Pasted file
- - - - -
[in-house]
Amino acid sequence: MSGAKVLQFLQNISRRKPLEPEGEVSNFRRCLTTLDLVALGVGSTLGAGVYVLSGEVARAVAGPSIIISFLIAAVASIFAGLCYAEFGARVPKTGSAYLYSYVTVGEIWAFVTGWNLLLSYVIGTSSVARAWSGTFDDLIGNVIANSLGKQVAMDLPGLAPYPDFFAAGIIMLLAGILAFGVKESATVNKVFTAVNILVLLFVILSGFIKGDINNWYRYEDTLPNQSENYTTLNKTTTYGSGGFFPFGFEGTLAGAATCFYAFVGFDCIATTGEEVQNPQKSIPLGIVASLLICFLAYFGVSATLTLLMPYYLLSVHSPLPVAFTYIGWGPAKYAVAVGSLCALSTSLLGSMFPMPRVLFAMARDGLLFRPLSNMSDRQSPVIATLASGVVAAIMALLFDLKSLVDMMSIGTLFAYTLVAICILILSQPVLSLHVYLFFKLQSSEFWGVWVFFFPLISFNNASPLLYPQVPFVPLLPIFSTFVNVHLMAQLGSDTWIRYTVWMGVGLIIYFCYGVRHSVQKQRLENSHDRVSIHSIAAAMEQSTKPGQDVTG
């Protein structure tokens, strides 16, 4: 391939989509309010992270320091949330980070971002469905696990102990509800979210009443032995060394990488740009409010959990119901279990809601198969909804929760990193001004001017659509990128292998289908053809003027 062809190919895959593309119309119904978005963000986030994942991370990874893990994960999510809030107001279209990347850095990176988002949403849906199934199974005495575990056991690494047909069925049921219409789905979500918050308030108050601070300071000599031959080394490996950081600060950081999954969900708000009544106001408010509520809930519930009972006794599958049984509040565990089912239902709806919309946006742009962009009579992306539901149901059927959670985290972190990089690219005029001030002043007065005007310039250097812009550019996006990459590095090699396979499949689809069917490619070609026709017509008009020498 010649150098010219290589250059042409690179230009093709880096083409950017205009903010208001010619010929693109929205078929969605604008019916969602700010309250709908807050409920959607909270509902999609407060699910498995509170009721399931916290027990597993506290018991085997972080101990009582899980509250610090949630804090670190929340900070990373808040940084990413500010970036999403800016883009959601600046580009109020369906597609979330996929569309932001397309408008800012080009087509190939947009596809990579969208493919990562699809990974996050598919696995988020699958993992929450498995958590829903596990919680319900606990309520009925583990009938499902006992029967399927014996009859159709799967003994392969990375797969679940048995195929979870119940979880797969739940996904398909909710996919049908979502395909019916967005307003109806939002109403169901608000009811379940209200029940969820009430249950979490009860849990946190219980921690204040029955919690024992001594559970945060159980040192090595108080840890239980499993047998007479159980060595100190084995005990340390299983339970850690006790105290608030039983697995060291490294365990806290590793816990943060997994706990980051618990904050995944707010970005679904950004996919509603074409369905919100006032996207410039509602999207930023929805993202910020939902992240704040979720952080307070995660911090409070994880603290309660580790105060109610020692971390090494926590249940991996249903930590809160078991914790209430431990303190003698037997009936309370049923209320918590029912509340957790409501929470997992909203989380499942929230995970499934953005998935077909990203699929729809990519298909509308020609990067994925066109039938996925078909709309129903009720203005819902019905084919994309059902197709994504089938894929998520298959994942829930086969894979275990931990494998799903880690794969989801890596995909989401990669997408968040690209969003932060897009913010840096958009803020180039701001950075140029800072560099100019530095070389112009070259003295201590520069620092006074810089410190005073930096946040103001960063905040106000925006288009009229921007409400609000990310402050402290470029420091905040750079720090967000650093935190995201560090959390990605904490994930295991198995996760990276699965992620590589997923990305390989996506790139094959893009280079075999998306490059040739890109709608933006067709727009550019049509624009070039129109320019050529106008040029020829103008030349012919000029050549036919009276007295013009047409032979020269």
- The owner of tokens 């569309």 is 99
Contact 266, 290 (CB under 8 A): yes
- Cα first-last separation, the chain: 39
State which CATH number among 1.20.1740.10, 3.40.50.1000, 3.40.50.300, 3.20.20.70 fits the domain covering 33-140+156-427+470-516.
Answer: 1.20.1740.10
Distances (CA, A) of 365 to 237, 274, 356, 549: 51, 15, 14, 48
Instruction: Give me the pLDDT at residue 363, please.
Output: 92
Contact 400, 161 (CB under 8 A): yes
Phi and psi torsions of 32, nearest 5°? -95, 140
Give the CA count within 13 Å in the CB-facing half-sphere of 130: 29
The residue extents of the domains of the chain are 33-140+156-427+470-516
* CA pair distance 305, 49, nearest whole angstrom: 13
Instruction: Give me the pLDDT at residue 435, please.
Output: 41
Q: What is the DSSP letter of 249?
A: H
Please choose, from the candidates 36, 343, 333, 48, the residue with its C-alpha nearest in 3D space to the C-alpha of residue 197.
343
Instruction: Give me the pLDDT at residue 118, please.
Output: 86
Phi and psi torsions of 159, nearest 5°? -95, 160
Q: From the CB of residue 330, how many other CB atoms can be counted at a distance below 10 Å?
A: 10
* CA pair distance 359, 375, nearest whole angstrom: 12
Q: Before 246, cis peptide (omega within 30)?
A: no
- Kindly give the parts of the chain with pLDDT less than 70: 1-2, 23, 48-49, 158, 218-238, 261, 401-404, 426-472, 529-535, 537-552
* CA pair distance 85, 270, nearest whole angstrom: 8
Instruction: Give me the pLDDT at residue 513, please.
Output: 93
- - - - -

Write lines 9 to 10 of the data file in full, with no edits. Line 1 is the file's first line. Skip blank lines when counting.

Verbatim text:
Distances (CA, A) of 365 to 237, 274, 356, 549: 51, 15, 14, 48
Instruction: Give me the pLDDT at residue 363, please.